And then, that eternal moment, that glimpse of heaven, of miracle, of harmony, passed into real time again as the boat’s motor, no longer frustrated by inaction, roared to life, and one of the rays breached the water’s skin, startled out of his otherworldly realm by the rumble. We sped away, slitting the water’s blue waves with a trail of white, foamy wake, propelled forever forward.
We darted over dozens of pockets of rays that day, the sun glinting off their wings like so many pennies at the bottom of a fountain. We have been visiting the Northern Neck for well over a decade, and never had we seen a single ray—much less schools of them. Had they been there all along? Had we somehow been missing them, oblivious? Caught up in our own endeavors and adventures and priorities? Even on this day, dazzled as we were by our initial encounter with the rays, it was the only one we stopped for, our boat continuing its course—like time, unstoppable—slicing through the water with its arrow-like nose, sending the rays down down down to escape the sound, the speed.
Our lives are made up of millions and millions of moments—most of which we never stop for, most of which we will forget, our memories’ main concern clinging to the most monumental moments—the milestones. The firsts and lasts. The weddings, births, and graduations. The superlatives of our lives. So why is this moment, this single, short-lived moment on a boat in the middle of the river on a summer day like any other summer day, so significant? Why does it rank up there with so many other happy moments that could so easily eclipse it? Because in that miniscule moment on that boat with my niece on my lap and my brother home from New York and the sun beating down on our browned skin, the rays gave me a second of stillness so foreign to my everyday experience that sometimes, when it gently surfaces in thought and breaches the turbulent waters of my frenzied sensibilities, I can momentarily reclaim that sense of awe. The sense that I am somehow at once infinitesimal in and integral to the universe, the sense of being completely linked not to time, but to the creatures and the people and the place sharing with me this one moment in time. That moment was unity. That moment was peace. That moment was simultaneously perpetual and ephemeral. That moment with the rays gave me a reason to pause, gifted me with an acute awareness of the slosh of water against the boat, the light brushing of my niece’s hair against my hot skin, the summery smell of sunscreen and salt water, and the stale smell of mildewy life jackets that hadn’t quite dried out the day before. However temporal, that moment was a foretaste of forever, a hint of heaven. In that moment, I felt neither pushed into the past nor forced into the future. I simply was. Right there, right then. It was spiritual and transcendental. I was present. I was alive. I was one. I was happy. And when I am at my most frantic, and someone tells me to sit down, slow down, relax—I remember the rays, and I am present. I am alive. I am one. I am happy.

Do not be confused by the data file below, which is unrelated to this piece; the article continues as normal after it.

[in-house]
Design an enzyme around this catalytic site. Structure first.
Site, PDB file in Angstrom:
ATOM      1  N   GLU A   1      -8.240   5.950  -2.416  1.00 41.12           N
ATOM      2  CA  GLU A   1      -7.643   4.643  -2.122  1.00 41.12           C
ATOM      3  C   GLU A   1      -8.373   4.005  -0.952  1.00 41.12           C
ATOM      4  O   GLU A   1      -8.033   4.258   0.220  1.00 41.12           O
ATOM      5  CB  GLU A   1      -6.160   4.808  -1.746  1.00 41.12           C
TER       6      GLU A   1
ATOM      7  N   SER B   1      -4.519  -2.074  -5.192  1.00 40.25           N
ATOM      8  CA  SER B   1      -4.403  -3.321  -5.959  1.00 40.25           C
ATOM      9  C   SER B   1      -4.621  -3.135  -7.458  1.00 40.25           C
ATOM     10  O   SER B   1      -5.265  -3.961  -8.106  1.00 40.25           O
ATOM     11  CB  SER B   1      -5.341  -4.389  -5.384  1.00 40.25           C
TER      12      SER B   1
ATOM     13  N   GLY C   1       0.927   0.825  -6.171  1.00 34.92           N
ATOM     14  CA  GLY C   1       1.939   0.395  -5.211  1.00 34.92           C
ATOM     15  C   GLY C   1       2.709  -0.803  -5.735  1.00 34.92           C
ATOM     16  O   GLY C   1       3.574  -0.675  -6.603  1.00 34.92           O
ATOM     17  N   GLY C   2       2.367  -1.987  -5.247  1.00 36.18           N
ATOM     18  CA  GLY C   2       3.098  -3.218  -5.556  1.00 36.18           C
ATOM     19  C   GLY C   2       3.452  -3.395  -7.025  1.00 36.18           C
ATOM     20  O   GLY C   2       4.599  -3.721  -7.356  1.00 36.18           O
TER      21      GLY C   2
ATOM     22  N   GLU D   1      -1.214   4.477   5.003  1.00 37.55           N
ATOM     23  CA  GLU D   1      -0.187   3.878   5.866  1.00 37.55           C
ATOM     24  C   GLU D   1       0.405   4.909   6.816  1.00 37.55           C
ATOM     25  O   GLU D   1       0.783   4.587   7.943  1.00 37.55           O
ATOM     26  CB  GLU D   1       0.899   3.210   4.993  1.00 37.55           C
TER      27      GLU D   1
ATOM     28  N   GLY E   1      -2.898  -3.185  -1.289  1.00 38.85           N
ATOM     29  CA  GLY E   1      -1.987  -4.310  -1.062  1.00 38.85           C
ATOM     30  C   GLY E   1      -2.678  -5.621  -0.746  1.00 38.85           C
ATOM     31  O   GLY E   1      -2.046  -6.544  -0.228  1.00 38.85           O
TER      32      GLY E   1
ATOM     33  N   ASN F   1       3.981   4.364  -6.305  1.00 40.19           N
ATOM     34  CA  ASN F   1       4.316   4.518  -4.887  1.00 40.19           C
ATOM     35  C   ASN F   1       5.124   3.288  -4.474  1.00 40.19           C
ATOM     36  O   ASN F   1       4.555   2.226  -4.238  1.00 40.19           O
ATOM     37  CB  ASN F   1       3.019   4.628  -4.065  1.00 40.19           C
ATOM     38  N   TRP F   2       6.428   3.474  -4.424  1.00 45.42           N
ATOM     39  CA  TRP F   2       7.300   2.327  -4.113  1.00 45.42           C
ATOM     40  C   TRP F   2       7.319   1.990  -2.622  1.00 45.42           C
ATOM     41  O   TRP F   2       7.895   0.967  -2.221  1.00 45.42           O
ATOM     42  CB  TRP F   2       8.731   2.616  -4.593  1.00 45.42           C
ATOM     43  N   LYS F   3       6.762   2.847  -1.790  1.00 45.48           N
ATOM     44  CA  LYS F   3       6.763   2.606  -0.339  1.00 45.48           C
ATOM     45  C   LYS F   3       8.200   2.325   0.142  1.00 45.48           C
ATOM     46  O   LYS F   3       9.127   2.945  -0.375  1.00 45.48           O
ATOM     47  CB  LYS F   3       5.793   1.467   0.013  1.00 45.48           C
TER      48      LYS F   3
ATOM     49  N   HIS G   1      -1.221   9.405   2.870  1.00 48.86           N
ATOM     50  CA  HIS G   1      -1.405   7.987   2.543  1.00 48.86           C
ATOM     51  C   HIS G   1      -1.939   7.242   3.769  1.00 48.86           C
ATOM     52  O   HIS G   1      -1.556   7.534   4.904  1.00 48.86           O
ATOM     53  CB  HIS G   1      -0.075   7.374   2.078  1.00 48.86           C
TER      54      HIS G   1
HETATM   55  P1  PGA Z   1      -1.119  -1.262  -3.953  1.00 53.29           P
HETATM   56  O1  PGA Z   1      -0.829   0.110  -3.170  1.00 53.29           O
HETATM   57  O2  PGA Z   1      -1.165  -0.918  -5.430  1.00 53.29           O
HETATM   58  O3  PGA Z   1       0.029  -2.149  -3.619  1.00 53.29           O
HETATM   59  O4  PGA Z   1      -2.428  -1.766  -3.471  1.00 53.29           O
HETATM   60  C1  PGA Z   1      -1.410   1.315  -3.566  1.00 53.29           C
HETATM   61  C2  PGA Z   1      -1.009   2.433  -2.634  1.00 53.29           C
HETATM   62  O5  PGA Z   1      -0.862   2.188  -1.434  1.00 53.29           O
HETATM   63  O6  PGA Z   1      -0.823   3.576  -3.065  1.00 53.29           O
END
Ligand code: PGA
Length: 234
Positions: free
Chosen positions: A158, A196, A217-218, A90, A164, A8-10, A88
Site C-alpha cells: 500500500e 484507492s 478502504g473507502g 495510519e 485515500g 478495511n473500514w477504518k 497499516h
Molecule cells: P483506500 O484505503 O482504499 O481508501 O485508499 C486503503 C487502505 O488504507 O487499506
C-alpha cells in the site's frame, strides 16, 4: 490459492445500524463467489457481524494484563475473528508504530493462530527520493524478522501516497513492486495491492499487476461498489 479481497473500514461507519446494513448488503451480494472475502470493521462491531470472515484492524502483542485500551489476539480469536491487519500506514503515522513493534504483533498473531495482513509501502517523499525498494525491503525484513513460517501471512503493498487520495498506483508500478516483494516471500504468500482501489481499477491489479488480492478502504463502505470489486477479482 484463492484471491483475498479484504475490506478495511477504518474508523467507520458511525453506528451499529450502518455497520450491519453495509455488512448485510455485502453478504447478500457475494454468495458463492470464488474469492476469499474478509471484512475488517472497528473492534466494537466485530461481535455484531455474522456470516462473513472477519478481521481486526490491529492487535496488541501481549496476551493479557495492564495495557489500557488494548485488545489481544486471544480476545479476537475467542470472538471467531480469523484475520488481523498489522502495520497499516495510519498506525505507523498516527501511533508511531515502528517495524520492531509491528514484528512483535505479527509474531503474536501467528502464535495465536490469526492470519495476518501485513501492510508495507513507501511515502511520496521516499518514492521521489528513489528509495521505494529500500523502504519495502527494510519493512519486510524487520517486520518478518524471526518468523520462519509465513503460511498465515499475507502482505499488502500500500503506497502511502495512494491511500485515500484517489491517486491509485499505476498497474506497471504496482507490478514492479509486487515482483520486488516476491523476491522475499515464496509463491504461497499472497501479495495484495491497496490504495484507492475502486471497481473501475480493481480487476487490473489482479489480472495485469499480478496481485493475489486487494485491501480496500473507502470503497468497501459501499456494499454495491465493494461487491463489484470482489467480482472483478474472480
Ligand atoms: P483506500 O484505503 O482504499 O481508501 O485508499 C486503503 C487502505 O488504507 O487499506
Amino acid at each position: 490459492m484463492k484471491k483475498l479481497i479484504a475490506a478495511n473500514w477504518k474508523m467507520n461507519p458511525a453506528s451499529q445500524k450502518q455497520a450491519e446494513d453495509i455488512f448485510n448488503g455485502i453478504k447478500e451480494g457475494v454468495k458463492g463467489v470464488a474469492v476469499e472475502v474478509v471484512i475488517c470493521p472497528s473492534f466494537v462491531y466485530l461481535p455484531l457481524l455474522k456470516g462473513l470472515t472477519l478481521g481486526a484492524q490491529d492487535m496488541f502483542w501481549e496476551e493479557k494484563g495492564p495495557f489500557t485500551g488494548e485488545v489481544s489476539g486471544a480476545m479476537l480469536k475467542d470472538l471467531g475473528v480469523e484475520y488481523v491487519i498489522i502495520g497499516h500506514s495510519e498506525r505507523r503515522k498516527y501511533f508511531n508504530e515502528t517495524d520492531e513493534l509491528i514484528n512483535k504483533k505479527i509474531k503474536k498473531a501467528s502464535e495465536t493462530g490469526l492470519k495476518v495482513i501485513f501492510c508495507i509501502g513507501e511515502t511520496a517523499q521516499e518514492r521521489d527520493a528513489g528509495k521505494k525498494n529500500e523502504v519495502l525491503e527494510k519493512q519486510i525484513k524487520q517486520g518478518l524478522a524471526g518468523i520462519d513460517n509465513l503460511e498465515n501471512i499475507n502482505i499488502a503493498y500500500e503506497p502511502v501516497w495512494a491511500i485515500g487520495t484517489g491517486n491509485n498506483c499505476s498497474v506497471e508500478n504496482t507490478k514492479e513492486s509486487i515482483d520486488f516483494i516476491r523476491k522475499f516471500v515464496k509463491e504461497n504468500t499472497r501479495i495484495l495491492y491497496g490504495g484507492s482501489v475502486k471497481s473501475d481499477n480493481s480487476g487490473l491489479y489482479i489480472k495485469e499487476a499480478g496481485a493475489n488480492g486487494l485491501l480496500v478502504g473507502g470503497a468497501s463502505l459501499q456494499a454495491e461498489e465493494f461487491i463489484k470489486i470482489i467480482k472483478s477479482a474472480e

Amanda Sue Creasey is a high school English teacher and freelance writer. She holds a graduate degree in creative writing from the University of Denver and an undergraduate degree in German from Michigan State University. Currently, she relishes a novel-writing class at the Visual Arts Center of Richmond, as well as her new roles as chair of the VOWA Collegiate Writing and Photography Contest and board member for the Virginia Outdoor Writers Association. She is also a member of the James River Writers and the Poetry Society of Virginia. An avid dog lover, she is a regular contributor at ScoutKnows.com. Aside from writing, she loves to walk and hike with her dogs, run, read, and spend as much time outside as she can. She lives in central Virginia with her husband and two dogs, and can be found online at AmandaSueCreasey.com, where she maintains Mind the Dog Writing Blog.